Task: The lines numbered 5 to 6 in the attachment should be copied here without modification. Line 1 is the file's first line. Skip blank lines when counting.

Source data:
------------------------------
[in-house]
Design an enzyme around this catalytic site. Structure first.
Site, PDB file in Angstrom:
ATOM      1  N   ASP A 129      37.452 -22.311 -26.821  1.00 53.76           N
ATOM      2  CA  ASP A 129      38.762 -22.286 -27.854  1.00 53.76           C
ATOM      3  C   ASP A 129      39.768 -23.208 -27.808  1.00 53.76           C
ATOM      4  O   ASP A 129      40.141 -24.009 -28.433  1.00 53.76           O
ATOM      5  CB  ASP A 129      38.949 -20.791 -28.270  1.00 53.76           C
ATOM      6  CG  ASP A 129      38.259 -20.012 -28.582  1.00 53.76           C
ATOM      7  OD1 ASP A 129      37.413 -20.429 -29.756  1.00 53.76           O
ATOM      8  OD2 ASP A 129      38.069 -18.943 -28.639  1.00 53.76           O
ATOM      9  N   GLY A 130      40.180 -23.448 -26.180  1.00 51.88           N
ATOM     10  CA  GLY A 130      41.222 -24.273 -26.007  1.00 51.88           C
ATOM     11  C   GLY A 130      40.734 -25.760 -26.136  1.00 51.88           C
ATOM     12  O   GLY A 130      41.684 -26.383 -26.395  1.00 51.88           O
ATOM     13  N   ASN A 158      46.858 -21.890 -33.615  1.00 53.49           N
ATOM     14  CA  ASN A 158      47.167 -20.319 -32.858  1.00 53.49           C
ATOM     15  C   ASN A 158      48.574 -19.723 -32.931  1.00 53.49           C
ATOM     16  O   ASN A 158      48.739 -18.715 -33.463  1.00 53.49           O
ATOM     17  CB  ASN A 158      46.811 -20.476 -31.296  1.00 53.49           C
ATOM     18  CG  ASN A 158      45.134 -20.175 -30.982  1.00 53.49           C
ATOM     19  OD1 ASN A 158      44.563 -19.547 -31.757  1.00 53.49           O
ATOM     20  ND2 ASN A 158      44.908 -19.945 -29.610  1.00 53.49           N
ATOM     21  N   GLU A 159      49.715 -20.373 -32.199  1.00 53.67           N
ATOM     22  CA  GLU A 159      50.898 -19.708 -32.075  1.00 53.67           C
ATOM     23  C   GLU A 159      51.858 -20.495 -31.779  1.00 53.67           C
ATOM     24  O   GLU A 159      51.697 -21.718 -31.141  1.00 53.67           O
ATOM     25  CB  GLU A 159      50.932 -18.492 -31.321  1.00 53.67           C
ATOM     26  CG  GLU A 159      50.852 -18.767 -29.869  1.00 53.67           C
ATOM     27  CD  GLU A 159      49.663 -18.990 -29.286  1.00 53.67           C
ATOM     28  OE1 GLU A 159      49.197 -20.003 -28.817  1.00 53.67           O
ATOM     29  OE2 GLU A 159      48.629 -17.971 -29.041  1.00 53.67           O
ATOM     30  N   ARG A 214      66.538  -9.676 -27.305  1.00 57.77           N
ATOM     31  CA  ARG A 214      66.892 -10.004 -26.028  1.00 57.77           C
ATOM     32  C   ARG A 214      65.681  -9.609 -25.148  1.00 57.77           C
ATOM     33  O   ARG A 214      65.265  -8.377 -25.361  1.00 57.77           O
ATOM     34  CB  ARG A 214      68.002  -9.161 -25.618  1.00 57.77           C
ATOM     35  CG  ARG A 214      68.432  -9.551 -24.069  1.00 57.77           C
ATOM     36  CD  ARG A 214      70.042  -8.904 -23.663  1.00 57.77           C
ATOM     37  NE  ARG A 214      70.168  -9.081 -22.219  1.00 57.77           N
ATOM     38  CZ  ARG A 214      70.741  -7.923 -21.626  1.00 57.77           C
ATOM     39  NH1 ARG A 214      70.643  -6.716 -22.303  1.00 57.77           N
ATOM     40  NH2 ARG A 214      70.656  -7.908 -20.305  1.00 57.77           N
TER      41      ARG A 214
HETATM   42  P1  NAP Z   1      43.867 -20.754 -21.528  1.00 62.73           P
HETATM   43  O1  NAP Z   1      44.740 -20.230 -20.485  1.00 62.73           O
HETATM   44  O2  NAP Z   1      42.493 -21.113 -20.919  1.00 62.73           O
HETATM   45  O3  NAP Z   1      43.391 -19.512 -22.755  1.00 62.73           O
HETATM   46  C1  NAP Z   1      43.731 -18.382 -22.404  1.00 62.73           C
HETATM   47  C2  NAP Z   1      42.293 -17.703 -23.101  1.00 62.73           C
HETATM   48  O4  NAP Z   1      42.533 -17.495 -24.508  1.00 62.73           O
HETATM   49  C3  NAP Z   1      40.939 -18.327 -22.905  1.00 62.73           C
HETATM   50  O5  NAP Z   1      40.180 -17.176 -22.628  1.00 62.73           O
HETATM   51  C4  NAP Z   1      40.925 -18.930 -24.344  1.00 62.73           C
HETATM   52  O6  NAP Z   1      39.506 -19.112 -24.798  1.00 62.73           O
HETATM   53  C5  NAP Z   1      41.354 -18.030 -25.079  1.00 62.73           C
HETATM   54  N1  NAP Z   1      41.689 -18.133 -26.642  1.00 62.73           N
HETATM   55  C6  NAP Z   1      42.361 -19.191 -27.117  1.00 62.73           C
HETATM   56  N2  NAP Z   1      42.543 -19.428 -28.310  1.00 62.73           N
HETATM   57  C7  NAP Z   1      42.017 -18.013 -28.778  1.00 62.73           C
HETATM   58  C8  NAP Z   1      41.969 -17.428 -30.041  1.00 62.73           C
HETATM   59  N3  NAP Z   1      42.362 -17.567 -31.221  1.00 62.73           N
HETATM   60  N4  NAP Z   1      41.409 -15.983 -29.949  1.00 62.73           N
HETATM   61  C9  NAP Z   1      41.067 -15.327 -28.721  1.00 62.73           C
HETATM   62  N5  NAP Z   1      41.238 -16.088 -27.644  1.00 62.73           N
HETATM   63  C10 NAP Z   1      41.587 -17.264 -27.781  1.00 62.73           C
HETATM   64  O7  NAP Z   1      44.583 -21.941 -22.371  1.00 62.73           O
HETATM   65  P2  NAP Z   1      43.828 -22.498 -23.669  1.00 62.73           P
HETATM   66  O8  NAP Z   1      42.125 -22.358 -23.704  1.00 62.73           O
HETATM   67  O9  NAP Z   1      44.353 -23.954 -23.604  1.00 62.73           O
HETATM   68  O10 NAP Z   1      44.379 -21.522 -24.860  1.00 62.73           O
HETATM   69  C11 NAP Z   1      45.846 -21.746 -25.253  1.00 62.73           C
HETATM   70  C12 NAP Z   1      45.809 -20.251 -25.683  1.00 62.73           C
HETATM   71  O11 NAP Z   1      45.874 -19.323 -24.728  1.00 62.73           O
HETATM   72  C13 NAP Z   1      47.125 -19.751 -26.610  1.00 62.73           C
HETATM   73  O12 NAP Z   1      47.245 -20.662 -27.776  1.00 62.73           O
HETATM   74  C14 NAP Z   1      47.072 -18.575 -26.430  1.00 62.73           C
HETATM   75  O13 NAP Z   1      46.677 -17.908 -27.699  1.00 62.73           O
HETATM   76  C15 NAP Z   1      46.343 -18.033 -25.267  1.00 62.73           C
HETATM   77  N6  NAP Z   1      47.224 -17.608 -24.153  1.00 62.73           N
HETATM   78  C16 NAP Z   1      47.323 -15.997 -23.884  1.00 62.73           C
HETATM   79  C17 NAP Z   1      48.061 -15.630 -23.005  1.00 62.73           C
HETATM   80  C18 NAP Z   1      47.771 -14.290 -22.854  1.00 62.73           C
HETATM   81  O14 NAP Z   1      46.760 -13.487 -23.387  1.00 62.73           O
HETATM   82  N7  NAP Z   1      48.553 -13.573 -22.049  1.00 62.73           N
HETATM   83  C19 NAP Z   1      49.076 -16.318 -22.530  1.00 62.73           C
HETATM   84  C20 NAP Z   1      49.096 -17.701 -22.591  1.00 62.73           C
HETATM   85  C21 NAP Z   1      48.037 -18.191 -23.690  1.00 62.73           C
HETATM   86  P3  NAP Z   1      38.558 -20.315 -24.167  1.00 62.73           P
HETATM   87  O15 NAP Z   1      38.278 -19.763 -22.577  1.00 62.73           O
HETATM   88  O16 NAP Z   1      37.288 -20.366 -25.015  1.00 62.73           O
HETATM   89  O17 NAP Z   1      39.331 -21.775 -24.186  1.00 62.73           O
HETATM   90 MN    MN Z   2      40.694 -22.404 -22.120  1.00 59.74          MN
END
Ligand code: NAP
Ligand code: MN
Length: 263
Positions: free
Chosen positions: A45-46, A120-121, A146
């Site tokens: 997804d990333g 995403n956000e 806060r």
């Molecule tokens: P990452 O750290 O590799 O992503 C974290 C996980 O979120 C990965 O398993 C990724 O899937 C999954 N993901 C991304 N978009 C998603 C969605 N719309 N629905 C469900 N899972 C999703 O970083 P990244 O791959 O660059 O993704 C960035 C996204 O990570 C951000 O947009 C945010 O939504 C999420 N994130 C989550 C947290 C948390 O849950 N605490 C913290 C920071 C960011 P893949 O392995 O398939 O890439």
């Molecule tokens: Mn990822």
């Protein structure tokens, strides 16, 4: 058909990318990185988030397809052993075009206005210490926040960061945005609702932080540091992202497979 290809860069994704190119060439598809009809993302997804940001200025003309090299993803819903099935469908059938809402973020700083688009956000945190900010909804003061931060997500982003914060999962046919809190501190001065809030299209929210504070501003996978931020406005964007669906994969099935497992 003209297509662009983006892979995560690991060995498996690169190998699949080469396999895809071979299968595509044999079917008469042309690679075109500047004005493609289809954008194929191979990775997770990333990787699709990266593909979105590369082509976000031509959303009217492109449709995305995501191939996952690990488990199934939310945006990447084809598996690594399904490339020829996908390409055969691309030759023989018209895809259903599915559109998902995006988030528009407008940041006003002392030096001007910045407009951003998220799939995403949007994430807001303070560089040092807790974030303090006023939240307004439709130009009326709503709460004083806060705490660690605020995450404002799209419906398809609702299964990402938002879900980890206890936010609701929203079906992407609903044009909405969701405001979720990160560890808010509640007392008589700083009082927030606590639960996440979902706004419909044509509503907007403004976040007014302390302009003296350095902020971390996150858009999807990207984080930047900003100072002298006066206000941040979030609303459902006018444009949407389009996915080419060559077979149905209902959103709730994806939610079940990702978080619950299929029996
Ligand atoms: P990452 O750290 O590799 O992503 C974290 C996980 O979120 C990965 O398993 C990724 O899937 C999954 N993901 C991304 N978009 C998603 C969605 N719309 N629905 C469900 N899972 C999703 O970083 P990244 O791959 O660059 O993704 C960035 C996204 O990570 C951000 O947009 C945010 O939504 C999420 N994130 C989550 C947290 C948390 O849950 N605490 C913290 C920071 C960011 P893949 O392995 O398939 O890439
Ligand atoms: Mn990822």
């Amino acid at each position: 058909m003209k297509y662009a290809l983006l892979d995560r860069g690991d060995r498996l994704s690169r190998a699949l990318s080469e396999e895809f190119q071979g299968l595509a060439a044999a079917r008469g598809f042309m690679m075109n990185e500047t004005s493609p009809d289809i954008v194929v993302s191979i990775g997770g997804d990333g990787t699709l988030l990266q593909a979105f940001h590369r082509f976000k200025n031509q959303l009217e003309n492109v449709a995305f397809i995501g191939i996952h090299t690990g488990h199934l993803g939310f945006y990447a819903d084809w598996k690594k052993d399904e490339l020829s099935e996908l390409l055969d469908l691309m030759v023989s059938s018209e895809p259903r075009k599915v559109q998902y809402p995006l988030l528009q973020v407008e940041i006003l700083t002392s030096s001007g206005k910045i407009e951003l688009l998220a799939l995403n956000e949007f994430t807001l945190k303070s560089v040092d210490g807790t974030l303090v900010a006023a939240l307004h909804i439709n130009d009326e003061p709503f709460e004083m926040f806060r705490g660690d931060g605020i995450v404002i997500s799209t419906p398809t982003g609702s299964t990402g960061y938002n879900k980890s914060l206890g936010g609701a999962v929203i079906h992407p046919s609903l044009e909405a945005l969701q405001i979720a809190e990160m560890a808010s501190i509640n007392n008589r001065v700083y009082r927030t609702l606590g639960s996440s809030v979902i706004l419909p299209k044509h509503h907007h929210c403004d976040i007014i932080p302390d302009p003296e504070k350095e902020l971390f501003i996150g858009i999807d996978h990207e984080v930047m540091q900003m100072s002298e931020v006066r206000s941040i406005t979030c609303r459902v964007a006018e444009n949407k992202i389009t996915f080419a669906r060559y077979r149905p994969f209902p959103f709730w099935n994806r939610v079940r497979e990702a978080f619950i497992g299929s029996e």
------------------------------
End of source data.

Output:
ATOM      2  CA  ASP A 129      38.762 -22.286 -27.854  1.00 53.76           C
ATOM      3  C   ASP A 129      39.768 -23.208 -27.808  1.00 53.76           C